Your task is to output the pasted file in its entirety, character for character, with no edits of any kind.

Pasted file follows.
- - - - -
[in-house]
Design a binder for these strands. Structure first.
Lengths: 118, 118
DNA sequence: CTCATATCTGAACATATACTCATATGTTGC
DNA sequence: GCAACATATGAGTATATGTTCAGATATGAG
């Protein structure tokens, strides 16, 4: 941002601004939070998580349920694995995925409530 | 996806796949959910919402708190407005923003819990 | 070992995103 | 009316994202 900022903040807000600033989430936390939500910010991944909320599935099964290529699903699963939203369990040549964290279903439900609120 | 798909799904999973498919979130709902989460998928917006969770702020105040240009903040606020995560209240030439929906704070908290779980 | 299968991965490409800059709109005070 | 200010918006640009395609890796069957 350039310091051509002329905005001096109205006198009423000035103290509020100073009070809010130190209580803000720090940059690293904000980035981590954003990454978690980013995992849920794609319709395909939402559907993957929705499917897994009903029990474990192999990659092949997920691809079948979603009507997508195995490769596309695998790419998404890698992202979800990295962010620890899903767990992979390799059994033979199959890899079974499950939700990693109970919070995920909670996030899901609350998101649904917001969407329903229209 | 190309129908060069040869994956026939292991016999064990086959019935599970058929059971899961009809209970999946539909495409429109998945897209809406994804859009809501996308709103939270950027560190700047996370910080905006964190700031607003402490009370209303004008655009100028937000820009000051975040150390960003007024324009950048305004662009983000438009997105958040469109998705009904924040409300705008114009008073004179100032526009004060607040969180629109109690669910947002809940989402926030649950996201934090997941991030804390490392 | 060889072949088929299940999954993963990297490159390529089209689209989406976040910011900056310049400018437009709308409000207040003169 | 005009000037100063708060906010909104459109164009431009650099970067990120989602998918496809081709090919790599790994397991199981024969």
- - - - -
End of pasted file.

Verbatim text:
[in-house]
Design a binder for these strands. Structure first.
Lengths: 118, 118
DNA sequence: CTCATATCTGAACATATACTCATATGTTGC
DNA sequence: GCAACATATGAGTATATGTTCAGATATGAG
């Protein structure tokens, strides 16, 4: 941002601004939070998580349920694995995925409530 | 996806796949959910919402708190407005923003819990 | 070992995103 | 009316994202 900022903040807000600033989430936390939500910010991944909320599935099964290529699903699963939203369990040549964290279903439900609120 | 798909799904999973498919979130709902989460998928917006969770702020105040240009903040606020995560209240030439929906704070908290779980 | 299968991965490409800059709109005070 | 200010918006640009395609890796069957 350039310091051509002329905005001096109205006198009423000035103290509020100073009070809010130190209580803000720090940059690293904000980035981590954003990454978690980013995992849920794609319709395909939402559907993957929705499917897994009903029990474990192999990659092949997920691809079948979603009507997508195995490769596309695998790419998404890698992202979800990295962010620890899903767990992979390799059994033979199959890899079974499950939700990693109970919070995920909670996030899901609350998101649904917001969407329903229209 | 190309129908060069040869994956026939292991016999064990086959019935599970058929059971899961009809209970999946539909495409429109998945897209809406994804859009809501996308709103939270950027560190700047996370910080905006964190700031607003402490009370209303004008655009100028937000820009000051975040150390960003007024324009950048305004662009983000438009997105958040469109998705009904924040409300705008114009008073004179100032526009004060607040969180629109109690669910947002809940989402926030649950996201934090997941991030804390490392 | 060889072949088929299940999954993963990297490159390529089209689209989406976040910011900056310049400018437009709308409000207040003169 | 005009000037100063708060906010909104459109164009431009650099970067990120989602998918496809081709090919790599790994397991199981024969």